Gratitude

December 2, 2016

On my meditation area sits my beautiful gratitude journal. I purchased it years ago at a conference.  I chose this journal over others because it had prompting questions to help me with my newly committed to gratitude practice. I just looked. I have written in it 5 times. Not 5 times in a row. Not at five different times in my life. Five times total. And now it sits next to the beautiful gratitude box and notecards given to me as a gift by my son “because they remind me of you”. I have read them, all of them. So there’s a start.
 
As I now drop into my non-judgmental mind, I realize I am not alone in my non-existent-but-ever-aspiring gratitude practice. I know have heard from many others that they mean to start a gratitude journal, a gratitude jar (oh, that was another beautiful gift given to me by a friend!), or a gratitude practice. So there is some comfort in company here.  Let’s explore what we know about gratitude. Note: this is not headline news. You can open any magazine, internet article or newly published book and everything from pop culture to science will tell you the benefits of gratitude. Instead of dwelling on what hasn’t worked, let’s talk about how it may work.
 
I’m an out of the box person. Let’s start by breaking the frame we have around what a gratitude practice looks like and remold it with information and insights.
 
We know that gratitude is not a “have it” or “ooops, I missed that day at school”. Gratitude is cultivated. It is developed, and it is a practice. Saying it’s a practice does not mean it has to be done in a formal manner (such as a formal meditation practice or exercise program), but rather practice means we continue to practice it, without judgment or expectation (I am feeling some relief already!). Gratitude is the opposite of lack, or scarcity, which I wrote about last month. It is easy to see what we don’t have and to miss what we do have. As a matter of fact, studies show it is easier to feel grateful for things we don’t expect versus things that are expected. I expect my car to start when I push the handy starter button and thus far it has! How many times do I thank my car or express gratitude for it starting? Very few, because it was expected. Now back in the day, when we had a ‘76 orange Chevette (loved it!), I never knew if it was going to start (unexpected). And every time it started, I most certainly expressed gratitude through a song and seat dance!
 
We also know that gratitude is a choice. Or at least committing to cultivate gratitude is a choice. Often when we begin practicing gratitude, it can feel unnatural or contrived. One of my favorite morning meditations by Louise Hay calls on me to thank my appliances in my kitchen. This sometimes feels unnatural. But the more I do it, the more it makes sense. I am grateful for the refrigerator that cools my food, the gas stove that allows me to cook with precision, and especially my Nespresso that helps me get going in the morning! By thanking these devices, I do feel more positive, more energized and well, more grateful, which feels good. It also allows  me to open my perspective up. I am blessed to have these appliances. I am grateful to have a warm kitchen to hold these appliances. I appreciate the fact that I have a job that allows me means to purchase and maintain these items. And I know that these are things too easily taken for granted and that many do not have the ability to have these gifts.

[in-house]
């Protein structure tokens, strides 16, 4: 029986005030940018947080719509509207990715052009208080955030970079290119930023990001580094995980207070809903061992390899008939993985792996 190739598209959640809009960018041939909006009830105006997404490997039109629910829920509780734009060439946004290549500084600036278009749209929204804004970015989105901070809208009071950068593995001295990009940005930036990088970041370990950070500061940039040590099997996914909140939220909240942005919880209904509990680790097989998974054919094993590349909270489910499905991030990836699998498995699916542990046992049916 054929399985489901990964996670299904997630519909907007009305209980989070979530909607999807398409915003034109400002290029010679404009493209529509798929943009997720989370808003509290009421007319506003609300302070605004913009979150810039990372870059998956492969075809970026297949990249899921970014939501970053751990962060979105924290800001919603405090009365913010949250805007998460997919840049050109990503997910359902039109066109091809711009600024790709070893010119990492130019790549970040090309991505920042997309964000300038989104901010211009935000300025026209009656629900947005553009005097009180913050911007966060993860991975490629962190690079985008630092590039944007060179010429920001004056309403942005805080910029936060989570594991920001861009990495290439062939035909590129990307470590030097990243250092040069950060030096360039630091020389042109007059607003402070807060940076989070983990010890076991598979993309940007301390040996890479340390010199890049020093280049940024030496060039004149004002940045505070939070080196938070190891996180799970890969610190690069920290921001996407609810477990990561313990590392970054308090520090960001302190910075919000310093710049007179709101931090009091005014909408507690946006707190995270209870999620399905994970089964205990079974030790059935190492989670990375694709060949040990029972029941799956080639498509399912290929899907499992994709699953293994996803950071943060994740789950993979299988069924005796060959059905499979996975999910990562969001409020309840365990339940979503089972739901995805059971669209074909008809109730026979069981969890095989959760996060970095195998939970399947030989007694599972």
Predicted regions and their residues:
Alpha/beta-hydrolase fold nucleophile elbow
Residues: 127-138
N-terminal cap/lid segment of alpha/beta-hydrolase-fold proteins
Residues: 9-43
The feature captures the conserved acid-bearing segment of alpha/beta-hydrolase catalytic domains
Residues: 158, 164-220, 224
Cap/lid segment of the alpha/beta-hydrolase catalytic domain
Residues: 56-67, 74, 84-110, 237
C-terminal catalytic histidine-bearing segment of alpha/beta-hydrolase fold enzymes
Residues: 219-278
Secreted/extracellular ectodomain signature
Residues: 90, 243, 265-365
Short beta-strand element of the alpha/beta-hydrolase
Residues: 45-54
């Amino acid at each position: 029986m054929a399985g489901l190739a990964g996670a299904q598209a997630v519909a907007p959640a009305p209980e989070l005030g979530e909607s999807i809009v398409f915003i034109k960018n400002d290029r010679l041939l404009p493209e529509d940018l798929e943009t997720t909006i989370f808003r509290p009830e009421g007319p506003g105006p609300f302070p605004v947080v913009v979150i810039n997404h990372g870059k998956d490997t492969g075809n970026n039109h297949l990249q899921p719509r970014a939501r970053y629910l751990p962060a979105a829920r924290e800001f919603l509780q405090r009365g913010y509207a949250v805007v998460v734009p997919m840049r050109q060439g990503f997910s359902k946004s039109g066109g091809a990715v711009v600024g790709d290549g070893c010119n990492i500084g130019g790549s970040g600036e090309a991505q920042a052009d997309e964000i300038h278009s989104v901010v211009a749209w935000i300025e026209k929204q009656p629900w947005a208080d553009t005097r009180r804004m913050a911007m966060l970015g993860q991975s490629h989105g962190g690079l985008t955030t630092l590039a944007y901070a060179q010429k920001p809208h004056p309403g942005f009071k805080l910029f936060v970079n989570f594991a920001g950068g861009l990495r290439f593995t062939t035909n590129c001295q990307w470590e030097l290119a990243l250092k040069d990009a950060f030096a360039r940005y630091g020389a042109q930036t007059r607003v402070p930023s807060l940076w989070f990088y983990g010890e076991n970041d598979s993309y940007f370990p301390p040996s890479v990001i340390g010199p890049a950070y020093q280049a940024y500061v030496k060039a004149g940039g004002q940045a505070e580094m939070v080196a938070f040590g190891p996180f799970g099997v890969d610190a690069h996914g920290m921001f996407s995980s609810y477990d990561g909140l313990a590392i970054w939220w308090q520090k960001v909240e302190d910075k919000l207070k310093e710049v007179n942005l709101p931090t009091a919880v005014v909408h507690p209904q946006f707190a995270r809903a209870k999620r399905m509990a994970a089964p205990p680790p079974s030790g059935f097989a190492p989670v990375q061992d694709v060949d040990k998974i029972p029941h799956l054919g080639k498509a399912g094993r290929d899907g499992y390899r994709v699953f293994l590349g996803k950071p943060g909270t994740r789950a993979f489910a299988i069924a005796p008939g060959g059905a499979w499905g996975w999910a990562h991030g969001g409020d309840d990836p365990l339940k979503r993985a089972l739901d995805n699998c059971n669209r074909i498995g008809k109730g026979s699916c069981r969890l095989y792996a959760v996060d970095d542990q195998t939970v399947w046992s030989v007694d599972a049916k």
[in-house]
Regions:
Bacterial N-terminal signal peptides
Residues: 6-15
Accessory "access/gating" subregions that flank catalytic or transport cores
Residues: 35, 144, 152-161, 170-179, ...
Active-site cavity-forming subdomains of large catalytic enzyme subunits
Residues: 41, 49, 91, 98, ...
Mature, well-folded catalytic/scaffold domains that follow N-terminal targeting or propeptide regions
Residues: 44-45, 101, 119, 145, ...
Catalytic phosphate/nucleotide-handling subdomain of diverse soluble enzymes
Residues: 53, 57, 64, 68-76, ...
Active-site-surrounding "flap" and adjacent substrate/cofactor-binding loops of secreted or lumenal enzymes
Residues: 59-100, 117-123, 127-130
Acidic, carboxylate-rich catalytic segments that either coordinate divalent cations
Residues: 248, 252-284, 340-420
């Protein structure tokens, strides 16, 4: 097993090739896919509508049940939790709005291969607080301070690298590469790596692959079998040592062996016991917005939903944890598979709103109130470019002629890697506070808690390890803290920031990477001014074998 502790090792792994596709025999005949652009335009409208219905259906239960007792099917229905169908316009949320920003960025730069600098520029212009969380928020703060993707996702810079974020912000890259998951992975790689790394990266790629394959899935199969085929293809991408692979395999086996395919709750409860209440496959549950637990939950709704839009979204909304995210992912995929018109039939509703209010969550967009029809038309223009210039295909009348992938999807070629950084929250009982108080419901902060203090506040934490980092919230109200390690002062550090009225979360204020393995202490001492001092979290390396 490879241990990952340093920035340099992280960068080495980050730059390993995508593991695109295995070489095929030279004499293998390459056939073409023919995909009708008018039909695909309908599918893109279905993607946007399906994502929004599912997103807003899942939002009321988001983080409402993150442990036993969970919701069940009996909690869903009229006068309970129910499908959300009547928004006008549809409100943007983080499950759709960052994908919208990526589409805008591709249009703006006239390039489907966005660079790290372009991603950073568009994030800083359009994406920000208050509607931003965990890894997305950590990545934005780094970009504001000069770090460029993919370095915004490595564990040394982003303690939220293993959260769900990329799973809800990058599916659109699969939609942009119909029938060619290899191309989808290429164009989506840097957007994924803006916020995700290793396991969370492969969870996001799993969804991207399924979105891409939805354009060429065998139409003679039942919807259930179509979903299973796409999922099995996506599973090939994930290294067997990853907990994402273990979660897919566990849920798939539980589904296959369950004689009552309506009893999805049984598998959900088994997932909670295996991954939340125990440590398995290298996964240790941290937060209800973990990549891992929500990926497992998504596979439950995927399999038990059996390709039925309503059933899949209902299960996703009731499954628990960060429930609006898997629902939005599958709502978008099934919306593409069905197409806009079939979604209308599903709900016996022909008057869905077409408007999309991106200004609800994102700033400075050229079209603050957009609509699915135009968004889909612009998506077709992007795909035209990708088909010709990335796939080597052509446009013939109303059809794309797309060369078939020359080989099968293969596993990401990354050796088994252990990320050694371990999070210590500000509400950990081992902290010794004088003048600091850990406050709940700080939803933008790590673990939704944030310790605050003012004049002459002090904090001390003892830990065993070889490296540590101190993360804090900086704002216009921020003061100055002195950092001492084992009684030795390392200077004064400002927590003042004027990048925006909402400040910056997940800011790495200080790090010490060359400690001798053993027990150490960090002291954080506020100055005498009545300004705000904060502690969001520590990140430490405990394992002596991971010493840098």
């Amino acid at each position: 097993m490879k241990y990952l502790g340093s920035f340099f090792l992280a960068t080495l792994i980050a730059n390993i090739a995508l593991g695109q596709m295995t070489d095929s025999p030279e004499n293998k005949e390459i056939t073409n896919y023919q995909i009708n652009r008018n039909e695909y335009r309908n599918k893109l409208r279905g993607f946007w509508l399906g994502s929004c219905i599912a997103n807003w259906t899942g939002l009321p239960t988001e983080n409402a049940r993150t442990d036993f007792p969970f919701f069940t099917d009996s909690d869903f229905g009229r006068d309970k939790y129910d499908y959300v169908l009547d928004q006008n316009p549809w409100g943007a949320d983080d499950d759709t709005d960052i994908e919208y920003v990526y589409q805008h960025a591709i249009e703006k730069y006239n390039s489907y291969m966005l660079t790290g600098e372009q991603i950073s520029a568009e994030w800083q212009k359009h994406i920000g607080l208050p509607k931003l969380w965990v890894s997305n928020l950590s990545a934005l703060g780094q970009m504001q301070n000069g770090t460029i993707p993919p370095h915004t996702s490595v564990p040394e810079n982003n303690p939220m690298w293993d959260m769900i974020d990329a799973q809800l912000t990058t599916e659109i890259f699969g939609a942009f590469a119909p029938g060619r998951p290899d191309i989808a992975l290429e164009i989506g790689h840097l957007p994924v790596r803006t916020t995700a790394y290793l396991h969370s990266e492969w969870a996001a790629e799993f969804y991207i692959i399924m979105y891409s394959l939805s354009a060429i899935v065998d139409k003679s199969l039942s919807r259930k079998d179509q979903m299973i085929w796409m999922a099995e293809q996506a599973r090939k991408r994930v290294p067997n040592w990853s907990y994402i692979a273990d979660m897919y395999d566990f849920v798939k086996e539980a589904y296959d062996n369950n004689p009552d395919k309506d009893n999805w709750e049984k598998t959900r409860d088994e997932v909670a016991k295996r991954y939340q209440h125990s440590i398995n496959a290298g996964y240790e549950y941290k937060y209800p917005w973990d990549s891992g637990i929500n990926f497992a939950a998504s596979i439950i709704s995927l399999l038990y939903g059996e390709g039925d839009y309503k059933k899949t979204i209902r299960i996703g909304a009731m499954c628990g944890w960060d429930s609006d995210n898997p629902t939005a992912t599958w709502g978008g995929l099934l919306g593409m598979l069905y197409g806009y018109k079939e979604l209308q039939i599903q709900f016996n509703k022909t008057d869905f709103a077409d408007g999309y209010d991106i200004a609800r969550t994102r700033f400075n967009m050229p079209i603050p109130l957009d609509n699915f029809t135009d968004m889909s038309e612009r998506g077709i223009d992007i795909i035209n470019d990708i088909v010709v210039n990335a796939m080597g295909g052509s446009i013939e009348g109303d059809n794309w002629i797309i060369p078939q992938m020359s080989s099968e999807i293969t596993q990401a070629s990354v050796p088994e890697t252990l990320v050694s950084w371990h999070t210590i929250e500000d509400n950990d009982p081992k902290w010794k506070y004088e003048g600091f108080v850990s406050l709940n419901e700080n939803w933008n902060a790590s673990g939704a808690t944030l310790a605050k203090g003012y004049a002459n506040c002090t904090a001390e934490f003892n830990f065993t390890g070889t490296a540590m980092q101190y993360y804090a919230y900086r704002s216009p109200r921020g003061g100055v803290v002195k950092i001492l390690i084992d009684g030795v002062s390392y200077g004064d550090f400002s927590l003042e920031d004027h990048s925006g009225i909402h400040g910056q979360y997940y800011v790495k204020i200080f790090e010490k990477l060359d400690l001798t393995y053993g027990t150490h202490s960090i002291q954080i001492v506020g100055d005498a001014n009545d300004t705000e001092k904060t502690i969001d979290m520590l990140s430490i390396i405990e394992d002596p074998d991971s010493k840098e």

I also want to point out that gratitude is an “&” and not a “should”.  It does not mean when we are suffering we have to say “I am hurting, I am in pain, I should be grateful.” It can sound like this “I am hurting, I am in pain, and I am grateful for this experience”. I remember well-intended people at my wedding (and various events) telling me instead of being sad that my mother could not be there, I should be grateful for the people who were there. I recall feeling anything but grateful… I felt shamed for not being grateful enough, for missing my mom. A healthier perspective I still carry is “My life has not been the same with the void of my mother, which still devastates me 28 Decembers later, and yet I am so grateful for the maternal figures who have loved me unconditionally through the last 28 years”. I hear comments from well meaning loved ones of the cancer patients I work with “Oh, stage II cancer, be thankful it’s not stage III or IV”. Yes, that patient certainly is grateful it is not more advanced, but not at the expense of their sadness or pain that they have cancer. So no using gratitude as a “should” in our newly-committed-to-practice.
 
I suggest we bring the basic mindfulness tenet of “beginners mind” to our new gratitude practice. When you wake up in the morning, notice everything and everyone as if it’s the first time and offer gratitude: Thank you to my alarm for starting my day. Thank you for running water to clean my body. I am grateful for food that nourishes me and gives me energy. Thank you to my modern car that runs faithfully with the push of a button. Thank you for each experience this day will bring me. If we look at things through fresh eyes, our gratitude grows. Thank you for a husband who has an unfailing Will Farrell sense of humor (I’ll be working on this one) and who loves me unconditionally. Thank you for the opportunity to aid people as they make choices to build a more authentic life. And today… thank you for the person reading this, for I am truly grateful you have witnessed my words.

 

 

 

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